I like the bay tree. It is lovely and provides shelter for birds in winter and nesting places in summer. It acts as a windbreak so there's a nice, sheltered place to sit at its foot. But it grows bigger and bigger and blocks out the light for the adjoining garden. Last summer I got an estimate from a garden maintenance person to come and prune it in August, but he never turned up to do the job. This year I asked someone else. He said that it was a winter job and that all the branches should be cut right back, so I would end up with just a skeleton. I do not think that I want my winter garden to look miserable with a skeleton of a tree at the back. Can you tell me when the job should be done and how it should be carried out?
Hanne Westergaard's bay tree is, as she says, lovely. Nobody has ever told it that it's not supposed to be hardy enough to survive in Sheffield. It has grown at an extraordinary rate since she planted it, and has waltzed through Yorkshire winters without a hiccup. She estimates that it is about 25ft tall and it shows no signs of stopping there. I don't know of any taller ones in Yorkshire (and would be glad to hear of any) but at Kingston Lacey in Dorset there's a bay 48ft tall and even bigger ones flourish in Margam Park, near Port Talbot, West Glamorgan. Mild coastal areas suit it well.
But so, evidently, does Ms Westergaard's garden, which is a narrow, wedge-shaped plot on the inside curve of a crescent. The bay tree sits at the bottom of the garden, the thin end of the wedge, growing as a tall, dense spire, with branches right down to the ground.
Ms Westergaard has trimmed the sides of the bay fairly regularly, so the tree has become like a big piece of topiary. But now her ladder runs out way before the top of the tree and she worries about how she can manage it in the future. At least 8ft-10ft will have to come off to bring the top of the bay back within reach of Ms Westergaard's shears. I suggested that she put her ladder up against the tree and marked the height at which she would like to maintain the bay in future.
This rather drastic topping will spoil the beautiful, tapering cone shape of the tree. Perhaps the best way round this problem will be to rethink the shape, and clip it in future as a cylinder rather than a cone, cutting the sides up straight rather than on a sloping line.
Ms Westergaard was happy about this change of line. She had seen and admired bays clipped as cones and cylinders in the Botanic Garden at Copenhagen and could see such a shape fitting well into the space at the bottom of her own garden. She is Danish herself, but has lived with her English husband in this Sheffield house for the past 20 years.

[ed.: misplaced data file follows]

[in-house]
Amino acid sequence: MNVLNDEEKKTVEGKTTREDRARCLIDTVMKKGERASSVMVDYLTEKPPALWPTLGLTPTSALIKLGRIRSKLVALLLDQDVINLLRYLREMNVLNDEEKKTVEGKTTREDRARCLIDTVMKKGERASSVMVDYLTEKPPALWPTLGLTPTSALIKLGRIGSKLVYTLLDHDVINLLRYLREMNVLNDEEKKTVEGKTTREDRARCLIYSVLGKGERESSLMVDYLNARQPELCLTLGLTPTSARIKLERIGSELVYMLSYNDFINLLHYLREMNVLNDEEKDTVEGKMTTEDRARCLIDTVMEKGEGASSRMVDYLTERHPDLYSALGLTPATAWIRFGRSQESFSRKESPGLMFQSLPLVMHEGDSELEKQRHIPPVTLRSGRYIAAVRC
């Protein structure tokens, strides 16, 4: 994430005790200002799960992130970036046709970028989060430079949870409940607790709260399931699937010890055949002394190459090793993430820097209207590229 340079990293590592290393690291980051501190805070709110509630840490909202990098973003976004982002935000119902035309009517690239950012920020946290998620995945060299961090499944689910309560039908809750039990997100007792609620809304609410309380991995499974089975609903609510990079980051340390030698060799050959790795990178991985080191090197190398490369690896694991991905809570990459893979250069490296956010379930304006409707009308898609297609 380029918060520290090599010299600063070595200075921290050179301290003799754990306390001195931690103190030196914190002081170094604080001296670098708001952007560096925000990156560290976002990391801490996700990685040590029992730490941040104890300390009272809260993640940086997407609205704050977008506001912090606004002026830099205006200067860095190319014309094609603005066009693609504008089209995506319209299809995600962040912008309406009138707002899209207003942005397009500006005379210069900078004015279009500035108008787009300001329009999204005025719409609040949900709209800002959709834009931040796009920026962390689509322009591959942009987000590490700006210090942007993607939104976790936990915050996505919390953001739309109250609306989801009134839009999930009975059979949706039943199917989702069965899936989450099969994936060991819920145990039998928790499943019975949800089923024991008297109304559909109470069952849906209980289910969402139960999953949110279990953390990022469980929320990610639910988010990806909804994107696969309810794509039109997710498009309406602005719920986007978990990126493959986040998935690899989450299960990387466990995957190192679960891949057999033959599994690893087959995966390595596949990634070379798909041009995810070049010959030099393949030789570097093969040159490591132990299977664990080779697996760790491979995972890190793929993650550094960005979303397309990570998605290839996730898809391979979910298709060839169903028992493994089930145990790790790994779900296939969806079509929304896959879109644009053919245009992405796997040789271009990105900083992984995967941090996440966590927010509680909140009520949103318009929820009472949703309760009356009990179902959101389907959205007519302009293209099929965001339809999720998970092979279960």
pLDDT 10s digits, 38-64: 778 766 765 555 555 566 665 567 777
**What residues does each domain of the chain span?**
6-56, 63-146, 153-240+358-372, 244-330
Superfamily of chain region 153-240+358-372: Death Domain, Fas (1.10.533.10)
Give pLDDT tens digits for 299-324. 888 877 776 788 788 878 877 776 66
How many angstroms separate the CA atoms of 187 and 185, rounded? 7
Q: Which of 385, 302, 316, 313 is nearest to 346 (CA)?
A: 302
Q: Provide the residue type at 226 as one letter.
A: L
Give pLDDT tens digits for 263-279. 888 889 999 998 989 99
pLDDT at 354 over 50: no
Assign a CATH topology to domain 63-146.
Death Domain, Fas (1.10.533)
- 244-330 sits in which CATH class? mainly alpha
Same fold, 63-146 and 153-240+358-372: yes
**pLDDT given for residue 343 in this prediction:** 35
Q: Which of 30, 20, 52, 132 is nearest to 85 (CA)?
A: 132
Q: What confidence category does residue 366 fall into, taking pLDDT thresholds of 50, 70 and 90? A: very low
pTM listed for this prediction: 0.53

The top will look bare and awkward for a while but, like yew trees, bays are tolerant of hard pruning. Leaves will grow again from the bare wood, but the recovery is quite slow. The best way to treat bay is to trim it lightly but regularly during summer, rather than to give it an occasional but very heavy pruning. If you trim the tree regularly, you encourage it to form the solid, tight mass of green foliage that makes it such a good lollipop tree in a tub.
Like Ms Westergaard, I wasn't mad about the idea of the whole tree being chopped back to a skeleton, as one contractor had suggested. Much too drastic. When yew hedges are given this treatment, only one side of the hedge is done at a time, with a break in between to allow the yew to get over the shock. But her contractor was not suggesting even this nicety. The tree might have recovered, but it would have been asking a lot of it. Especially if, as it was standing there naked and shivering, Sheffield suddenly turned nasty and dumped it into the middle of a long, hard winter.
So when should this painful beheading take place? Not before August and not after the end of October, I would say. If you were taking similar drastic action in reducing a deciduous tree, you would wait until after leaf fall before beginning work, and you would want it done before the sap started to rise again in February. But evergreens, such as the bay, work to a different clock.
Ms Westergaard seemed worried about the competence of the people she had so far been in touch with about her bay. I suggested she should get contact the Arboricultural Association, which could recommend a qualified tree surgeon in her area. She cares about the garden very much. It was all concrete when she and her husband arrived, with cement washing up around the trunks of the three cherry trees that were the garden's only plants. Those came out. So, with more difficulty, did the concrete.
Ms Westergaard persuaded the corporation's road-sweepers to dump their loads of autumn leaves on her front garden. Then she carted the leaves through the house into the back garden to enrich the gravelly soil. She also got some old paving stones from the council and laid those to make an informal path down the centre of the garden, leaving plenty of room for planting on either side.
There's a stone wall down one side of the garden and larch-lap fencing on the other. Both are swathed with climbing roses, pyracantha, clematis and an extraordinarily pretty little climbing tropaeolum, T tuberosum, at its best now with spurred nasturtium flowers of orange, hooded in red. A 'Gloire de Dijon' climbing rose had taken itself up into the stratosphere, tangling with pyracantha around the back door of the house. What you looked at on the fence was not roses, but gnarled, thorny stem. "While you're here ..." said Ms Westergaard.
In the next half hour we hatched a drastic rejuvenation plan for the rose, as well as a hatchet job on the pyracantha. Meanwhile, a frog watched us with beady pop eyes from his berth in the little pond on the left of the garden path. He's not going to like these changes at all.
The Arboricultural Association is at Ampfield House, Romsey, Hampshire SO51 9PA (01794 368717).Reuse content